Whether your organization is facing rapid growth or another round of belt-tightening, the need for supply chain optimization remains a business imperative. Maybe there already is an initiative planned or started within the company, or it is possible that you have run out of steam or are not achieving expected results. The reality is that 75% of all transformational initiatives fail to deliver. To begin to understand why let’s consider what optimization might be.
Optimization means all of these things need to happen and at the same time improving fill rates that increase customer service levels. Even then, for optimization to be truly successful, it must also be sustainable over the longer term, continuing to deliver improved results into the future.
One of the key dynamics important to optimization is intelligent demand segmentation. Too often, organizations are managing too many parts with quantities that are all over the board. Looking to predict demand changes and spikes – and at the same time processes to negotiate the best price from suppliers by way of win/win volumes – becomes a daunting task.
We look to Kanban options, re-order point planning or vendor-managed inventory (VMI) strategies, or we negotiate consignment agreements or introduce schedule agreements with suppliers without really getting the results we are chasing. Adding demand segmentation to the mix can help make these strategies all the more effective in an optimization process.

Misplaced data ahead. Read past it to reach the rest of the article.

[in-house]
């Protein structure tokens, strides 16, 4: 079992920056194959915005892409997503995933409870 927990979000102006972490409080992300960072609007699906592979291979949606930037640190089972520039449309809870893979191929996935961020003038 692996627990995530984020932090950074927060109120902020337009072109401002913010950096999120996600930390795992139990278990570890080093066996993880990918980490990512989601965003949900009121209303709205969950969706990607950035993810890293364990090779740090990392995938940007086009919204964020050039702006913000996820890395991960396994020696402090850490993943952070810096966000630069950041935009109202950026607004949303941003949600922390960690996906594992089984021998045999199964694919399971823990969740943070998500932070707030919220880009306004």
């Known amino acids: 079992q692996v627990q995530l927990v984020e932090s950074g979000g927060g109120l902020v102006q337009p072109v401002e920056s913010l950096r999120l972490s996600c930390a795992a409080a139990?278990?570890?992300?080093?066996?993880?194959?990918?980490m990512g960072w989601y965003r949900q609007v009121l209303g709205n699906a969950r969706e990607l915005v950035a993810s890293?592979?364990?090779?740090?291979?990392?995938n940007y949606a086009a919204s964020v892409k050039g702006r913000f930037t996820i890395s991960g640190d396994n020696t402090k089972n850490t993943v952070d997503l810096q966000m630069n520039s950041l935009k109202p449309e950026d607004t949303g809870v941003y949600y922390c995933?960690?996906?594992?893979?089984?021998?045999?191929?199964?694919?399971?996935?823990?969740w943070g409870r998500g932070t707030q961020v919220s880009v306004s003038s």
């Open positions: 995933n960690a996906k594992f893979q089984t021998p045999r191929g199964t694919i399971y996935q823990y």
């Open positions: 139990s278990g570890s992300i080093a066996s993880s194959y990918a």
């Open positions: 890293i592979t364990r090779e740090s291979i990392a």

What then is demand segmentation? It is an approach to group varying demand types into categories with similar features and characteristics. Considerations include showing consumption volume or sales volume of products against demand consistency. Following our Reveal plan-for-every-part philosophy, the principle is that each part or product is treated uniquely because each has its own distinctive demand attributes. By way of example, when we set up purchase or re-order strategies, we treat those products with high-volume and low-demand variability differently to those with low-volume and high-demand variability. Simply looking at high volumes in product quantity does not recognize that lower-volume items might well be the predictable ones. One option we consider is what we call “movers and shakers.” Those are materials with high average values, the reduction of which drives upturns, against those with high consumption figures. In all of this, understanding demand variation is also key.
In building the segmentation model, historical consumption/sales data is required. The average and standard deviation of historical periods enable the calculation of the coefficient of variation (CV), which provides the risk factor and directs us to see variability patterns that, generally speaking, show:
A lower CV shows consistency/predictability:
A high CV shows little to no predictability:
The final piece of the puzzle is to consider DOS (days of supply of inventory on hand). DOS next to historical usage and CV provides a solid method to identify distinct categories, such as:
So clearly, embracing intelligent demand segmentation supports the strategic direction to help us in surviving supply chain optimization.Inventory Optimization, Supply Chain Optimization